Online Casino Card Counting
You’re probably eagerly awaiting an answer to the question, “Does card counting work at online casinos?” Card counting may be well worth your while in land-based and brick-and-mortar establishments, but it is trickier to do with online casino games. The main reason is that those games’ algorithms tend to “shuffle the decks” after every hand. Moreover, several decks are often used, making card counting immensely difficult. Note that we said, “difficult” not “impossible”. If you find the right sort of game, such as, say a live dealer title, you are in with half a shout.
- What Is Card Counting at Online Casinos
- Does Card Counting Work at Online Casinos
- Is It Legal to Count Cards
- Card Counting in Blackjack with Live Dealers
- How Casinos Prevent Card Counting in Blackjack
- Tips on How to Count Cards for Newbies
- Card Counting Strategies for Online Gambling
- Why Card Counting Is Most Often Inefficient
- Profitability of Live Dealer Card Counting
- Top Card Counters
What Is Card Counting at Online Casinos
Is card counting a realistic possibility when betting on the internet? Well, let us say that there isn’t a clear answer. Everything hinges on the type of card game you’re attempting to have a crack at. Moreover, it depends on how the algorithm and dealers (AI or humans) handle the game.
Card counting in live dealer games is going to yield a higher rate of success than in algorithmic-centered RNG table games
The process involves keeping tabs on the array of cards (visible) at the table. By doing so, you can, theoretically, maintain a rough idea of what is still in the shoe or deck. This may give you an inkling as to what the dealer is holding and thus allow you to raise or lower your bets accordingly. Of course, there are different ways to count cards. They can vary depending on the size of the shoe and the number of decks used.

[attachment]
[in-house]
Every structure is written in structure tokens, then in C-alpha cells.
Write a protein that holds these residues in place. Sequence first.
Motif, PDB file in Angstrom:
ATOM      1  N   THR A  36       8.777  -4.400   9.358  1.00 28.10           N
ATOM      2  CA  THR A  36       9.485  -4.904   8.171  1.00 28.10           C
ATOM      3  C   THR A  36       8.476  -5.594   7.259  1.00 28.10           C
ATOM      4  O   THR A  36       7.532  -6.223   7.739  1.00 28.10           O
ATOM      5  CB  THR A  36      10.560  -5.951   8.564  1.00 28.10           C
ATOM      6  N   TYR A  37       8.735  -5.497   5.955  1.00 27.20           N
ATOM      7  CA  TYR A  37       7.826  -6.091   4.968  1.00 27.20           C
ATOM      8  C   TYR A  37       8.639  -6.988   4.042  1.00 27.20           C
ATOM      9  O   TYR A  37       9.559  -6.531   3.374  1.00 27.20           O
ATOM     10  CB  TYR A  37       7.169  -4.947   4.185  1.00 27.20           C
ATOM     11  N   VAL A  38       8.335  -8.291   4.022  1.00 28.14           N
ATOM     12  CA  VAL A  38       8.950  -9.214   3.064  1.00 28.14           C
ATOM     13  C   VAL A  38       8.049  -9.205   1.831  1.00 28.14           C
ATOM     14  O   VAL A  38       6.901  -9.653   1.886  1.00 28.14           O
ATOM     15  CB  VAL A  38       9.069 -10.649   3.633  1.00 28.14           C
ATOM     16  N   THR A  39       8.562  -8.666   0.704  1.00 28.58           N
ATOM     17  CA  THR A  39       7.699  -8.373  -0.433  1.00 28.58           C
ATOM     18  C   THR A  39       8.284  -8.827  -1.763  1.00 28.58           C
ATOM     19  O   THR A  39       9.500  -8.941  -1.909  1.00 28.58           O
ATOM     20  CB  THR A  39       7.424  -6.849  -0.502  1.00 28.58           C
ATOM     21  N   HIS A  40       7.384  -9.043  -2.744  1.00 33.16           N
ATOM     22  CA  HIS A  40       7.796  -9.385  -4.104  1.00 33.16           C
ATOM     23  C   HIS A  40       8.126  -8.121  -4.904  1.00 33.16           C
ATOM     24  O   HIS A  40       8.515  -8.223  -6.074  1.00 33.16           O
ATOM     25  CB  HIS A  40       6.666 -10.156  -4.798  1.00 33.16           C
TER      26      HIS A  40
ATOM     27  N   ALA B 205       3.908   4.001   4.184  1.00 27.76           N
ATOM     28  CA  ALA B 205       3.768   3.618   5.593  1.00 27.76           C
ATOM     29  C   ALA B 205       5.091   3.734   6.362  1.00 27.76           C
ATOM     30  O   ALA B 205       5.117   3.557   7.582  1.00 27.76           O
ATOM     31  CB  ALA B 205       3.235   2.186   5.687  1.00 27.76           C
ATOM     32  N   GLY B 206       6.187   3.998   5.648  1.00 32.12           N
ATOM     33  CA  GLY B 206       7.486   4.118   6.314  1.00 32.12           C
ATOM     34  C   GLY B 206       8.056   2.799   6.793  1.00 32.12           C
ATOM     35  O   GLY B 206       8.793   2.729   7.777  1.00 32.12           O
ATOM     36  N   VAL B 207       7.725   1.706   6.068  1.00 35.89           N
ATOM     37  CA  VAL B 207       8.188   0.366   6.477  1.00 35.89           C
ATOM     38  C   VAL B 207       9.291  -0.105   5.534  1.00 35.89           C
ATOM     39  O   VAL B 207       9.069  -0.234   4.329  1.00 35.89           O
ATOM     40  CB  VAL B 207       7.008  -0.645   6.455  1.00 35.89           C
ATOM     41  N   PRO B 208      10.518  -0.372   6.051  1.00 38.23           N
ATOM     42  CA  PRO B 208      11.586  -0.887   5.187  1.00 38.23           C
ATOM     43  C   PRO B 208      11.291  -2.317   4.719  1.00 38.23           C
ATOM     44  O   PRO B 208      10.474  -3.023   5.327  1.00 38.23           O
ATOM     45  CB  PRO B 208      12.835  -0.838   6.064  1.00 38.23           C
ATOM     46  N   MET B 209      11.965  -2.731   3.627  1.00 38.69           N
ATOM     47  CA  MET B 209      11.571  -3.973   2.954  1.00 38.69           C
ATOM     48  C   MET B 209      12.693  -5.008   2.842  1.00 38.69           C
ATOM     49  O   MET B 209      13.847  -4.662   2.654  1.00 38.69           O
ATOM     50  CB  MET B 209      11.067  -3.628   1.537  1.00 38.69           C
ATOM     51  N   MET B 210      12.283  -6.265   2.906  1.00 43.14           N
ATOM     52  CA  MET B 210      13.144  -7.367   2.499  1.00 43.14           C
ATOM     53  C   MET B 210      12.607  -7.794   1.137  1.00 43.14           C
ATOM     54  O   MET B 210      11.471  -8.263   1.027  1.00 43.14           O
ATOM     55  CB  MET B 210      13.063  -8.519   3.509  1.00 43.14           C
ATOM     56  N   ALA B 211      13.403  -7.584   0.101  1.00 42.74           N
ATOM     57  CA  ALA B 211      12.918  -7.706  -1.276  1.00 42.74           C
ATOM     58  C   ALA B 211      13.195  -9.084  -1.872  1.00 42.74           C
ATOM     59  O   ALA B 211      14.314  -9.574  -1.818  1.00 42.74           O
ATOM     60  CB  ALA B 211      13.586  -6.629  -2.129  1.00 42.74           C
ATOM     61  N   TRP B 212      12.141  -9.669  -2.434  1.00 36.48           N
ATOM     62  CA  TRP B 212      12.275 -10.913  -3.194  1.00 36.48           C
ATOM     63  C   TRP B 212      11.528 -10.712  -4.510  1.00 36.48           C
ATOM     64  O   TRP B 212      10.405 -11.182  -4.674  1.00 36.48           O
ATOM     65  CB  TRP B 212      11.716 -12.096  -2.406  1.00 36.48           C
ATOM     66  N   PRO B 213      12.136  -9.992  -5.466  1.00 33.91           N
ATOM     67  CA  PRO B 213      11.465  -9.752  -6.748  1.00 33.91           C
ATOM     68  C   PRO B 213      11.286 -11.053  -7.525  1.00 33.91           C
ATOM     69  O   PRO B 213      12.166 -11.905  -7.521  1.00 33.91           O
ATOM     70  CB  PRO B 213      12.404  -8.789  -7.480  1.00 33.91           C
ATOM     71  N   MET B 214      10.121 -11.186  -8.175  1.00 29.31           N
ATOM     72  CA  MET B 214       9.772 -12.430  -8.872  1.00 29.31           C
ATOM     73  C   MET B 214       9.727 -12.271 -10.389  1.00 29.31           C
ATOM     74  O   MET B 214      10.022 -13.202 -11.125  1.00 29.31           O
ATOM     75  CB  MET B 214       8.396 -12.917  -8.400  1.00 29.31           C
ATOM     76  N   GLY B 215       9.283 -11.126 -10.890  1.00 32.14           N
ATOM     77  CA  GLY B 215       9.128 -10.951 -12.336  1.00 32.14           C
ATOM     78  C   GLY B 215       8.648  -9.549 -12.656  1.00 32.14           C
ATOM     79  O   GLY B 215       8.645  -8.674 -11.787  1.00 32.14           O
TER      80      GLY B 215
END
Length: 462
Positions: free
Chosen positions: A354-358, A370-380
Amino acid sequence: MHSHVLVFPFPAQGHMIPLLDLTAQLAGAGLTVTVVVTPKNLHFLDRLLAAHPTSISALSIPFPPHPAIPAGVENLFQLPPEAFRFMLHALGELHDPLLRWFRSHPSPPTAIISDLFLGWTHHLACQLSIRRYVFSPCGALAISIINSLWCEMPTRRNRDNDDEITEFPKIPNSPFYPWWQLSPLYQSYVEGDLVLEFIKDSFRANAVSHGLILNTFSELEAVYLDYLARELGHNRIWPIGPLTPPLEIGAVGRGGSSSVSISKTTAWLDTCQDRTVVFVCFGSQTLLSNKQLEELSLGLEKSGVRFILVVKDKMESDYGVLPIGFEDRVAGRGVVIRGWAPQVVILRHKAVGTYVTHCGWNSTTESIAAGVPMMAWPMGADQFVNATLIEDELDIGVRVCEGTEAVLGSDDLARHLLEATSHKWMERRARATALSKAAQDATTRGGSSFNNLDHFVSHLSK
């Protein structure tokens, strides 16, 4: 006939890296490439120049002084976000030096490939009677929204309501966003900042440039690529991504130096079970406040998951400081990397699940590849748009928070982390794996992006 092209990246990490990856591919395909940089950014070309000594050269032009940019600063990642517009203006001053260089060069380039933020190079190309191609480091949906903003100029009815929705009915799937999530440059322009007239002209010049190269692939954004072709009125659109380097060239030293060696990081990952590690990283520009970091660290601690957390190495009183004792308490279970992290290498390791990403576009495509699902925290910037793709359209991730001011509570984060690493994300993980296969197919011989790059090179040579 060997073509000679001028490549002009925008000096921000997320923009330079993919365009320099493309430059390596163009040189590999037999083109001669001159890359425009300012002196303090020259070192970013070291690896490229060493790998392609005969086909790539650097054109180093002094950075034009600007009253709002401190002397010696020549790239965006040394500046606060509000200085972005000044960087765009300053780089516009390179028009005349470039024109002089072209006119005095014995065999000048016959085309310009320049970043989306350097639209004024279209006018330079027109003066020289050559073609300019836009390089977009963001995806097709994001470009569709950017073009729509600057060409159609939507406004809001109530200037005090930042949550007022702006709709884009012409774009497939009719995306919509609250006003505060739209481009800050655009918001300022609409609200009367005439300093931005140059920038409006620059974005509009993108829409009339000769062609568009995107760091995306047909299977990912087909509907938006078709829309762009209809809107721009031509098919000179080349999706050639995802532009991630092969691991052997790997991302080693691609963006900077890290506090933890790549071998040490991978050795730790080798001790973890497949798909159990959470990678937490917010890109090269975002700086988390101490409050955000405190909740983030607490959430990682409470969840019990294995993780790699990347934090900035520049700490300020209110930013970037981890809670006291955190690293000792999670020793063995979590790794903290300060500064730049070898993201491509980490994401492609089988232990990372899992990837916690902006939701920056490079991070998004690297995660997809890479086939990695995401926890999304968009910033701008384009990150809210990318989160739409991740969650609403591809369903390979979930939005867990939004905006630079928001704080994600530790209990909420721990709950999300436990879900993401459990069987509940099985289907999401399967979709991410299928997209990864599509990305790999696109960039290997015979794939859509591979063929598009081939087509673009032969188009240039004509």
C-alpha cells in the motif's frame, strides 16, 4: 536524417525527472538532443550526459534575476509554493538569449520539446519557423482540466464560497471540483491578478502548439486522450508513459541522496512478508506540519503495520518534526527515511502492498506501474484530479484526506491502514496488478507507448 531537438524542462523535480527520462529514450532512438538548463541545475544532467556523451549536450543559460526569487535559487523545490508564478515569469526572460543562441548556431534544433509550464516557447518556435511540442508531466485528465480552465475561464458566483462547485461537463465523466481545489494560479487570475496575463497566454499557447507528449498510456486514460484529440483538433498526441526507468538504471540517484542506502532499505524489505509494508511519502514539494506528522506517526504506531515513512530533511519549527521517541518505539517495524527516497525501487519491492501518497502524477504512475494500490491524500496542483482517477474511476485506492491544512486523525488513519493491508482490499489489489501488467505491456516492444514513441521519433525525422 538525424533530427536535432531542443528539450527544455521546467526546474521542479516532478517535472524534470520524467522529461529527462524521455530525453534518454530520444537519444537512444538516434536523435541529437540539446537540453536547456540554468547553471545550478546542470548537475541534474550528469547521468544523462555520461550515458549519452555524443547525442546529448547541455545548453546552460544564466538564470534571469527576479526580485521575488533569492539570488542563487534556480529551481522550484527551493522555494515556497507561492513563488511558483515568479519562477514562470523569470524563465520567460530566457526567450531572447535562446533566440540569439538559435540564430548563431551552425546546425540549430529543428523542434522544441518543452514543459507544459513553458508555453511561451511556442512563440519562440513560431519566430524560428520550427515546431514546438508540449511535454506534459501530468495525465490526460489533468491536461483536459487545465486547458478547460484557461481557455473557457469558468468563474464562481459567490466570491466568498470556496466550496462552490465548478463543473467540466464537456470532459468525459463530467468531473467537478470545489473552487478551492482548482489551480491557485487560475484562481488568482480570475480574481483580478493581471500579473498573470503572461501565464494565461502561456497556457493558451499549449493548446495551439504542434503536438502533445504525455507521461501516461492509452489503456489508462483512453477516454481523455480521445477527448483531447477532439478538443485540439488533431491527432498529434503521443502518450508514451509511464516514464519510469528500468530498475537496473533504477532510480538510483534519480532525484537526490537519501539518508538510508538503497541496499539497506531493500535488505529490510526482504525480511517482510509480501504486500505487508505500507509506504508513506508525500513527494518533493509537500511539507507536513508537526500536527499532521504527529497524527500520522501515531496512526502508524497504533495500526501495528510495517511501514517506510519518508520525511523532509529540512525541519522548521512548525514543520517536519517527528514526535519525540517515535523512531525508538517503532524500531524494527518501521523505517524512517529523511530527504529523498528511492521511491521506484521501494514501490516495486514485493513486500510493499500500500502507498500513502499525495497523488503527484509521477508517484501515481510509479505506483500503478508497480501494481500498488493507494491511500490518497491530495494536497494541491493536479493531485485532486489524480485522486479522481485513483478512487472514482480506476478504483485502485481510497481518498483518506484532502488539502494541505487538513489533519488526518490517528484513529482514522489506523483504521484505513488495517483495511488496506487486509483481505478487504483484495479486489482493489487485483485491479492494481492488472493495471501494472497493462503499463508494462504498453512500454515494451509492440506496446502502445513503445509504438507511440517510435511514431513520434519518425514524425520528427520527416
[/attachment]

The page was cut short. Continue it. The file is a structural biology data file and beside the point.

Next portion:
Blackjack is the best game to count cards in. Most players can readily understand a simple card-counting strategy. Mastering it is another process entirely. For instance, one basic way to count cards when playing blackjack is Hi-Lo, and it looks like this:
- Cards have to be assigned values that you’ll need to remember. Most players use +1 (for 2-6), zero (for 7-9) and -1 (for 10s, aces and faces).
- When a card is displayed, the player adjusts their count by the desired total, either +1, -1 or 0.
- If the count runs into a negative number, you increase the size of your stake because there are more low-value cards in the deck, and you are less likely to bust. If the count is positive, you lower your bet, as many high-value cards remain, and you could bust.
The HI-Lo is an example of a Running Count. If used effectively, it is thought that you could cut the casino or game’s house edge by 0.5%. Professional card counters can get this down by 1%. That might not sound like much, but it does make a huge difference to how successful you are when playing blackjack. It is possible (but tricky) to put these to use on games with multiple decks, but then you’ll need a True Count. We’ll touch on that later in the article.
Does Card Counting Work at Online Casinos
There is no denying that card counting can yield impressive wins. There have been more than enough verified cases in the land-based casino world to prove that. How do players fare when counting cards online, though? Admittedly, it’s a lot rougher of a ride.
Online games don’t just shuffle the decks after every hand.